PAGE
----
[2/23/75]: the title of this is the same date, I think, I will not go back - I don't want to retrospect too much, this is not a book after all, I can't lay it open on my lap- as the date of the journal entry in "stone sequence": this seems to open more fully the mourning of the lost marriage referred to in the preceding place. Because the Other is referred to as "M" and I know that only the mother in the narrative is unnamed, I wonder if this is her, or if this passage is drawn from Michael's experience and echoes, in some way, the tearing of the marriage in the narrative through infidelity and misunderstanding. At the same time, the promise "Things and people do not go away" makes me reflect on my own situation: I beg to differ - Although they may not go away, Things and People sure as hell do recede - even when they're before you.

[2/25/75]: there isn't a title on this one: it's a scan of two rows of stones in an irregular sahped image which suggests that the larger stones are enclosed in a bed of sorts, only the right hand side of the photograph has been cropped on the scan. The caption reads - if we can call it caption - "Detail is understatement, a student writes."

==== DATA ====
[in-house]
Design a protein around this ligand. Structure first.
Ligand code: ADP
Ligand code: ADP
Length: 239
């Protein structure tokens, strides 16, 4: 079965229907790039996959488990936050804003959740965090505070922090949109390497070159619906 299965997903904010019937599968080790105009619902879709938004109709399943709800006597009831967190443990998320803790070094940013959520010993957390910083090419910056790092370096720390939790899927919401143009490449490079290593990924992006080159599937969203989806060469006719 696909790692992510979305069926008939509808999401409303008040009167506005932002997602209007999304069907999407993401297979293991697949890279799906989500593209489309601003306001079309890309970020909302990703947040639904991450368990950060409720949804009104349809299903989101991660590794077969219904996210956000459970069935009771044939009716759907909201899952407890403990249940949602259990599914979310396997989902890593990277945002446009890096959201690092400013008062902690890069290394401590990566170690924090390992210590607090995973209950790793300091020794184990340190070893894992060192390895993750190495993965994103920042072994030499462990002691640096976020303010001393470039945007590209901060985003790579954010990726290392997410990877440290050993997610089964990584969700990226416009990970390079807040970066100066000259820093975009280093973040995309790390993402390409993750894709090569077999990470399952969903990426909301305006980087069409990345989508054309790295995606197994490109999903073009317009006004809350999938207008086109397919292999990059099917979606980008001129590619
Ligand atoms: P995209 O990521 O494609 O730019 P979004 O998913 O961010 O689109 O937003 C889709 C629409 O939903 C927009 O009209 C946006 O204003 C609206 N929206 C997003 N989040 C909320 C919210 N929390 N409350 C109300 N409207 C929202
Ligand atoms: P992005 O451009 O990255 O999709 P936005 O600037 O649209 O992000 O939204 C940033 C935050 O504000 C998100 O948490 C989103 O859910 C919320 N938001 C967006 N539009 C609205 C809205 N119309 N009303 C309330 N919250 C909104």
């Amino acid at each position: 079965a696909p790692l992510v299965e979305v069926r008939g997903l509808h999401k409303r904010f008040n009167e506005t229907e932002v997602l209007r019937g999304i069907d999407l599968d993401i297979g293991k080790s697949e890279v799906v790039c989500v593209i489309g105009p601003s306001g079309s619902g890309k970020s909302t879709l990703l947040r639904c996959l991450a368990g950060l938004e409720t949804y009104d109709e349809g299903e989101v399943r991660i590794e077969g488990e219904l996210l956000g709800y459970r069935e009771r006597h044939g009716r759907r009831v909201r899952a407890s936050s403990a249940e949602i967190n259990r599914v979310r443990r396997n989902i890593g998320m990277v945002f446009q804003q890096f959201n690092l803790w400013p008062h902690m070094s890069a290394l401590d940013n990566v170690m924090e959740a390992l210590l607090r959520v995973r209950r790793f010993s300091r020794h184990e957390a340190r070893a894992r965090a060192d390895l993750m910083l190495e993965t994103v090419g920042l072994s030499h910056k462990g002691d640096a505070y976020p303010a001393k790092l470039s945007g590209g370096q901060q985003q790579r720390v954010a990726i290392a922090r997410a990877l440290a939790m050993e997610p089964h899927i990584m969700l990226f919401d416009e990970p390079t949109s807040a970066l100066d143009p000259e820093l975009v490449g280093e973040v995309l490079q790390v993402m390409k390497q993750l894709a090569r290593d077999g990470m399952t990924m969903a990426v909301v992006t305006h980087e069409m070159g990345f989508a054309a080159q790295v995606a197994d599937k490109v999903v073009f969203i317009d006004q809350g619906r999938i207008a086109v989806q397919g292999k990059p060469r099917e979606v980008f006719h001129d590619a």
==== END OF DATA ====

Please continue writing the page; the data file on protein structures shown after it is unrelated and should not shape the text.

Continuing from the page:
[2/29/75]: the journal entry continues, "poem through seven drafts. the Invocation. Again the purposeless anger."...

[3/3/75]: the journal continues - chronicling getting used to loss; but the quote from Marx gives me pause: does Marx mean that your capital is your externalized life - meaning the bit that society can make use of? The concept of a greater externalized life at the expense of a store of alienated being reverberates for me, but I'm left uneasily puzzling over the connotation Marx intends for capital - not having read Das Kapital, to my chagrin.

[her]: back to her - I've read this before, and the foregoing, since it hasn't shed directly any light on this particular narrative, doesn't make me see this any differently, the way I did with places in 'afternoon'